Jeffery L. Logan, 44, was well known in the community and called "kind-hearted" by his family.
The three men who gunned down Jeffery Lamont Logan during a botched robbery in St. Paul early Saturday could have just asked for the money.
Logan, 44, who had stepped up to defend his cousin when the trio accosted them, would have handed it over not out of fear, but from the goodness of his heart, his brother said Saturday.
The robbers "did a senseless thing," Charles Walker said Saturday, standing in the alley behind the Attucks-Brooks American Legion Hall, where his brother was shot hours before. "They didn't need to rob him. They could have just asked."
They didn't, and now three men await murder charges.
Police say Logan was leaving the club at 976 Concordia Av. at about 1 a.m. Saturday to head to his nearby St. Paul home when he was accosted by the trio. St. Paul police spokesman Peter Panos said details of what happened next remain unclear, but Walker said his brother was with a cousin whom the robbers had targeted, leading Logan to step in. They briefly fought, which led to the shooting, Walker said.
Logan was rushed to Regions Hospital in St. Paul, where he died.
"He was a kind-hearted man, but he wouldn't let anything happen to his own," Walker said.
Witnesses described to police a vehicle they saw at the scene, which was quickly spotted driving south on St. Albans Street in St. Paul. When police tried to stop the car, a brief chase ensued until the car crashed into a planter at the intersection of Laurel Avenue and St. Albans. One suspect was arrested at the scene, while two were caught after a brief search.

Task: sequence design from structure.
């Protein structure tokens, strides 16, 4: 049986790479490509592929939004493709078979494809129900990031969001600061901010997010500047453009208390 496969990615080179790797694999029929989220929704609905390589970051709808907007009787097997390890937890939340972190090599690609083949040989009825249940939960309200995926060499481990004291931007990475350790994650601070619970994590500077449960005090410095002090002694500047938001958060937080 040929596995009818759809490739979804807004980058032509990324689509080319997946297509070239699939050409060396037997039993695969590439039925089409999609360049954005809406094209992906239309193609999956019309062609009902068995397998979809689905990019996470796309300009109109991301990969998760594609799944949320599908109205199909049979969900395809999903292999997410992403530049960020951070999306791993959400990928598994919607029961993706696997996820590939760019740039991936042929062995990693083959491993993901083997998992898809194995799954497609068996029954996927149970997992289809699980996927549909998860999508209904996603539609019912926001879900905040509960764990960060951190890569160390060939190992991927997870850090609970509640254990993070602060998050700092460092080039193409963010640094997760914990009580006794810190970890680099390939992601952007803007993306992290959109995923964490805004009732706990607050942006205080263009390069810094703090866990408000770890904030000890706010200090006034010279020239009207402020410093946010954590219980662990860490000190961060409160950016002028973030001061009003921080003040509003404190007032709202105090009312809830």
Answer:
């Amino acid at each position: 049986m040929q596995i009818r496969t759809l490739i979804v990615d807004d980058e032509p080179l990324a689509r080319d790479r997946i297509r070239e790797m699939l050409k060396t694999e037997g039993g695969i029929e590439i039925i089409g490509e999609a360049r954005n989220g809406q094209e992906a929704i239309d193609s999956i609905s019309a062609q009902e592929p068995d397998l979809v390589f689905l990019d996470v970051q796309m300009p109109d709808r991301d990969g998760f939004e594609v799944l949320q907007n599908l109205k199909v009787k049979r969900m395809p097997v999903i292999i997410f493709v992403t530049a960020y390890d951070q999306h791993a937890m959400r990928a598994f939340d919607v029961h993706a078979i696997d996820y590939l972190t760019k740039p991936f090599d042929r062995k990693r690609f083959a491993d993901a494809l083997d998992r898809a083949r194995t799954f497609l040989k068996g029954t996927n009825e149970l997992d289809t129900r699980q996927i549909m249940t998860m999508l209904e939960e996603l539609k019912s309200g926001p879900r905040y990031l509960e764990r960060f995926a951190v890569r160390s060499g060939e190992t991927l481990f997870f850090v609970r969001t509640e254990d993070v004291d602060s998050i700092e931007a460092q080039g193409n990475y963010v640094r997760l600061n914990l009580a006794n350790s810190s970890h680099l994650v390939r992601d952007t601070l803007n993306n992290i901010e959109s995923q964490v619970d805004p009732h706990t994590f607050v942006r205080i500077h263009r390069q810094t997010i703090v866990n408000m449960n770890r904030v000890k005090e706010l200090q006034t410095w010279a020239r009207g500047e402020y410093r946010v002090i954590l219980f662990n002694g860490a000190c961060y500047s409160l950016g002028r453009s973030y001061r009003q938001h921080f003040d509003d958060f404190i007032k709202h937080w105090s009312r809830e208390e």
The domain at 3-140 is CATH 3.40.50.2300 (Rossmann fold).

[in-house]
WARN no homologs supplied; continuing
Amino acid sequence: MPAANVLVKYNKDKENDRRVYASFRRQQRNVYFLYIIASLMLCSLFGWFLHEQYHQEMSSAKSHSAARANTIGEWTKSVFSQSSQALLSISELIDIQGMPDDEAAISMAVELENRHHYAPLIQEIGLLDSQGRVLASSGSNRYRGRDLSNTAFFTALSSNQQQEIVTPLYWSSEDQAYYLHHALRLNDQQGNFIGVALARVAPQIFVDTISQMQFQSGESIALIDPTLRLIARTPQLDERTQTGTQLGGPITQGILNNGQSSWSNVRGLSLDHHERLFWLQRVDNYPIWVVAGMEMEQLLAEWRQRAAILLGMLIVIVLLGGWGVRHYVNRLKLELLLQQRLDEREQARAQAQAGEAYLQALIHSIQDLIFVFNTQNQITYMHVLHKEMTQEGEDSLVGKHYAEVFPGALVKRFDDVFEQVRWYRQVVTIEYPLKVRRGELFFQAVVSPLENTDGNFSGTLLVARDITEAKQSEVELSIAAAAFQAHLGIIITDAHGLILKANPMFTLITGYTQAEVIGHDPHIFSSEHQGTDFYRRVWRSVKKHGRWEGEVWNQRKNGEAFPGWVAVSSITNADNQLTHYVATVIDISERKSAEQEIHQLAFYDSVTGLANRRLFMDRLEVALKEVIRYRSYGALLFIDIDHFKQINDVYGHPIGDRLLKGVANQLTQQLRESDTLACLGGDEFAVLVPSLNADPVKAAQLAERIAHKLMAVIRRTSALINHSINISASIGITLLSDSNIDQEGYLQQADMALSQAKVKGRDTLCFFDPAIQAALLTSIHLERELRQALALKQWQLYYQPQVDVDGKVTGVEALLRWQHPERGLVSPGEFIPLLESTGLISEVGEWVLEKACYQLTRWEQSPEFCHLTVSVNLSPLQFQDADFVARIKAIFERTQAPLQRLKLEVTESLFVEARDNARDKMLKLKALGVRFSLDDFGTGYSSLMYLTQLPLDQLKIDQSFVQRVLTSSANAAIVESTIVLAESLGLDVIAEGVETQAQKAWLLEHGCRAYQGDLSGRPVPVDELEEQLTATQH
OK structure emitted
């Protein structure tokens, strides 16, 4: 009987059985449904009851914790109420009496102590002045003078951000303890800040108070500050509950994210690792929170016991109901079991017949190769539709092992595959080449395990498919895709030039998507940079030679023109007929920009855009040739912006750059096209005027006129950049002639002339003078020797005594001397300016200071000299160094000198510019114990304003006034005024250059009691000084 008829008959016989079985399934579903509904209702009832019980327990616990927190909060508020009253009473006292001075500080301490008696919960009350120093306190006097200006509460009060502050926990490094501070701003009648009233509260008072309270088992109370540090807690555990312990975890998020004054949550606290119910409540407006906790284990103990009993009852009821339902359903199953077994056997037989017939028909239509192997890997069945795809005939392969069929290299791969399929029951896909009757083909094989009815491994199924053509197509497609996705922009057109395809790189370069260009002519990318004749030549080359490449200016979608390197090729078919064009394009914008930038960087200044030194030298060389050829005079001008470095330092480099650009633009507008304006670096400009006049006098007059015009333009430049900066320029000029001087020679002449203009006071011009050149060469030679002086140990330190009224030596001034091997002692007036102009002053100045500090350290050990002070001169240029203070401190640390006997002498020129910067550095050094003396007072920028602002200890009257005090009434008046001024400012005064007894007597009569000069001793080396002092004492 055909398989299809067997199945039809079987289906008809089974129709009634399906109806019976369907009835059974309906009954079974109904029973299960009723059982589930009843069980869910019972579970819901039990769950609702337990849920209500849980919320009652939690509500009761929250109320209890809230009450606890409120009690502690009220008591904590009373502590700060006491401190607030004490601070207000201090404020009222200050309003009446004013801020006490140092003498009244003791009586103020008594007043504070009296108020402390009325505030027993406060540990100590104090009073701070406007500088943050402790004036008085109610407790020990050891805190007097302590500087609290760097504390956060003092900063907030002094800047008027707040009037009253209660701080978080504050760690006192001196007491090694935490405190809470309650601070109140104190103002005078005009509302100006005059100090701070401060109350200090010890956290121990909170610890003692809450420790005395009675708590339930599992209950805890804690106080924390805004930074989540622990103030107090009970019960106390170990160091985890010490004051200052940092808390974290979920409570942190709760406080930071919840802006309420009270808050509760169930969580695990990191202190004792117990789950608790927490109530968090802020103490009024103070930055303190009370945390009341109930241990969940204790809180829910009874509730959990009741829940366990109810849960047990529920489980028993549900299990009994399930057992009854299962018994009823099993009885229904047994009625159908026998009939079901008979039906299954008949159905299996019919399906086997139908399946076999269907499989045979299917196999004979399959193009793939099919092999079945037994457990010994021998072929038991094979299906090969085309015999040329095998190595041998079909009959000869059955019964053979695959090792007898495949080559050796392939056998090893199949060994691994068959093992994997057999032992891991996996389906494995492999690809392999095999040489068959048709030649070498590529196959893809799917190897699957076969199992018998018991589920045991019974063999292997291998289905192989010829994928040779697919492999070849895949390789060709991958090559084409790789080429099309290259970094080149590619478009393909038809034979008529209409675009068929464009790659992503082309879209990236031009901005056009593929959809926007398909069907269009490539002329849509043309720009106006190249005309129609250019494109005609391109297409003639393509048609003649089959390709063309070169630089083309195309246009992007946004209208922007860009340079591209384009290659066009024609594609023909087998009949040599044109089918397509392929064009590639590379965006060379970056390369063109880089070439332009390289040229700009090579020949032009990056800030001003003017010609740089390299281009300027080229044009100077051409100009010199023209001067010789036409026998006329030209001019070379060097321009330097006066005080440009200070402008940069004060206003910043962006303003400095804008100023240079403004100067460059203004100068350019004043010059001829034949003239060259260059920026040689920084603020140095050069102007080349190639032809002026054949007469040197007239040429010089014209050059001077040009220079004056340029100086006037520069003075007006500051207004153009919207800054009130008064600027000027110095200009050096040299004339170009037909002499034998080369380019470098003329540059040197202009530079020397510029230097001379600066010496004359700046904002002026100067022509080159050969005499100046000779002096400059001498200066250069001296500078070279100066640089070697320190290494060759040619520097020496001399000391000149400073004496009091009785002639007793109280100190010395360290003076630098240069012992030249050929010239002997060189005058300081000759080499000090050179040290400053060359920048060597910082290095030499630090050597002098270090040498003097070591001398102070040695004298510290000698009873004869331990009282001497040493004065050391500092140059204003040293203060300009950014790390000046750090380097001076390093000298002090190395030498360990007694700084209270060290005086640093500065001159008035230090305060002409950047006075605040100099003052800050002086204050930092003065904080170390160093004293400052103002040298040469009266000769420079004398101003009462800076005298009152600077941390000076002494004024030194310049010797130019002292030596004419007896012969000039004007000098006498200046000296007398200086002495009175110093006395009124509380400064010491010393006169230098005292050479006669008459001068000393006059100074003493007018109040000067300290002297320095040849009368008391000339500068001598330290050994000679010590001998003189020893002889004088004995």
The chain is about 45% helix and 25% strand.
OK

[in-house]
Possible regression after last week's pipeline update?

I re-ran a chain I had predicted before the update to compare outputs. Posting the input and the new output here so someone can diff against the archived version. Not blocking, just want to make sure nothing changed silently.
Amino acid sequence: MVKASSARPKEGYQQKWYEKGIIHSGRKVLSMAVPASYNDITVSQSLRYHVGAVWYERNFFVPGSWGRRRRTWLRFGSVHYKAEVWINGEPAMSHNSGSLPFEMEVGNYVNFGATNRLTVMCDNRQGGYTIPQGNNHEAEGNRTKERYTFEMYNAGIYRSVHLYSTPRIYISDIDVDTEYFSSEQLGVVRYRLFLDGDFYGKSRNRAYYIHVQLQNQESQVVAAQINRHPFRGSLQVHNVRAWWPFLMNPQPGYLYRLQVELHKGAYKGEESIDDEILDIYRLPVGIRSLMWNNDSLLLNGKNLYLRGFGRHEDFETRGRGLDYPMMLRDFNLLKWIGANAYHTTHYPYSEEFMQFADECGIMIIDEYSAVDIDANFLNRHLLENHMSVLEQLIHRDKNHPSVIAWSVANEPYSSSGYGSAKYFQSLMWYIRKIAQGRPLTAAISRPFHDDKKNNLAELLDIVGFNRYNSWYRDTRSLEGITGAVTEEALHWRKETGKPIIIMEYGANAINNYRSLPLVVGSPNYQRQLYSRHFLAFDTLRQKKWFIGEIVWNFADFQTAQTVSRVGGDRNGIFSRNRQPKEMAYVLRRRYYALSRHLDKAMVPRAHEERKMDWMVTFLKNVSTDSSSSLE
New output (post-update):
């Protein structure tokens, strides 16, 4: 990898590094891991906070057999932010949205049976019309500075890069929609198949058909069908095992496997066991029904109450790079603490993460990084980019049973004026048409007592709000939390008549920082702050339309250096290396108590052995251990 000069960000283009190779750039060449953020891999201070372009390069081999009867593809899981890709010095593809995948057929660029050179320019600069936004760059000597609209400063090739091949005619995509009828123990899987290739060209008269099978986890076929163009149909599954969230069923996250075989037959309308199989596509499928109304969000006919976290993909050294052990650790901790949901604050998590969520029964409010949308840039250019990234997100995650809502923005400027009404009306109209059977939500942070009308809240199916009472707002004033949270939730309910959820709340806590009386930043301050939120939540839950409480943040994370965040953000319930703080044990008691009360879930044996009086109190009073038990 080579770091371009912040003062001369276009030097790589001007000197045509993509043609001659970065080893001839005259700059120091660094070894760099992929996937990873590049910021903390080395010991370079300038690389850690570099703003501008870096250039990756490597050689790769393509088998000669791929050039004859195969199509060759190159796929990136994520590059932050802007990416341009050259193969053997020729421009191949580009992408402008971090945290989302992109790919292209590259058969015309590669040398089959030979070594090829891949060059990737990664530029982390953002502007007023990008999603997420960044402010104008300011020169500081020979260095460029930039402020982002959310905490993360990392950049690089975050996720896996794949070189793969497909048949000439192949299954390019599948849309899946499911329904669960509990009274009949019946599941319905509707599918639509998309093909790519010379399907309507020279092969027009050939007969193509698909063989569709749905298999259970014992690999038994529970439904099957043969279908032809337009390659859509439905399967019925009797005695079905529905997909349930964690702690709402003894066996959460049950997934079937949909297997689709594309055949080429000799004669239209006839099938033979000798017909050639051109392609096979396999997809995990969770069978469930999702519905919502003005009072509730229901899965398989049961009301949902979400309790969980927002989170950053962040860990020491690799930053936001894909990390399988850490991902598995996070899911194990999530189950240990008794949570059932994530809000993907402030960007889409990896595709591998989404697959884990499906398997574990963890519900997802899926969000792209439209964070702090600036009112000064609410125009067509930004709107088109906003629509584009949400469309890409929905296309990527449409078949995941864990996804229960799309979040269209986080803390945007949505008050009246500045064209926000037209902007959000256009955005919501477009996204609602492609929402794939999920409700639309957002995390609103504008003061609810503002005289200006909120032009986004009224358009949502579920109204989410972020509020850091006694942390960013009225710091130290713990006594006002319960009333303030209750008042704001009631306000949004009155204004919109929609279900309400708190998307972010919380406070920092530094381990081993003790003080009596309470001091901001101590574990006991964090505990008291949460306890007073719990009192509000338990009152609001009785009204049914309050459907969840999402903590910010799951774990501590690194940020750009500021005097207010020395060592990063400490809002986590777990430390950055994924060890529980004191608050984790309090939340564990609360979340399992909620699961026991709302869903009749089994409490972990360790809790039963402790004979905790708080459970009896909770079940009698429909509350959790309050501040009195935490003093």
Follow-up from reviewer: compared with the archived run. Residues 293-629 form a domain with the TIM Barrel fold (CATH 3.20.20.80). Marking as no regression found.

A 20-year-old West St. Paul man and two St. Paul men, ages 27 and 28, were booked into the Ramsey County jail, where they await formal charges by the Ramsey County attorney's office.
It was St. Paul's third homicide this year and the second last week. On Thursday, Wachong Lee, 46, was stabbed to death at his home in the 1000 block of Pacific Street. Police have not arrested a suspect, but say the killing is not random. On Jan. 18, Vernon D. Cafle, 43, was killed in what police say was a botched drug deal.
Grief at the scene
On Saturday afternoon, dozens of Logan's friends and relatives flooded the American Legion post to mourn their friend, cousin and brother, who "was like the Norm of this place," said longtime friend Eric Coleman, referring to the famous character from the television sitcom "Cheers."
"No, he was worse than Norm," Coleman added. "He'd tell you about yourself."
Known among his friends as a man who didn't mince words but who looked out for his friends and family, Logan, who had worked 17 years for the same company, had no children but doted on his nieces and nephews, children of his five younger siblings. He was a staple at the American Legion, a hangout for those in the tight-knit community.
Panos said that while the club has attracted police on occasion, it is not a nuisance bar or a haven for violent crime.
Despite having been born without a left hand, Logan excelled in sports and was physically adept. The 1982 graduate of Highland Park High School lettered in several sports and was an honor student. His record with the law was limited to a speeding ticket more than 15 years ago.
His death leaves a hole in the fabric of the neighborhood, Walker said.
"I know his death is going to impact this community pretty big," Walker said. "When a nice person goes out with his friends and this happens to him, it's not right."
Abby Simons • 612-673-4921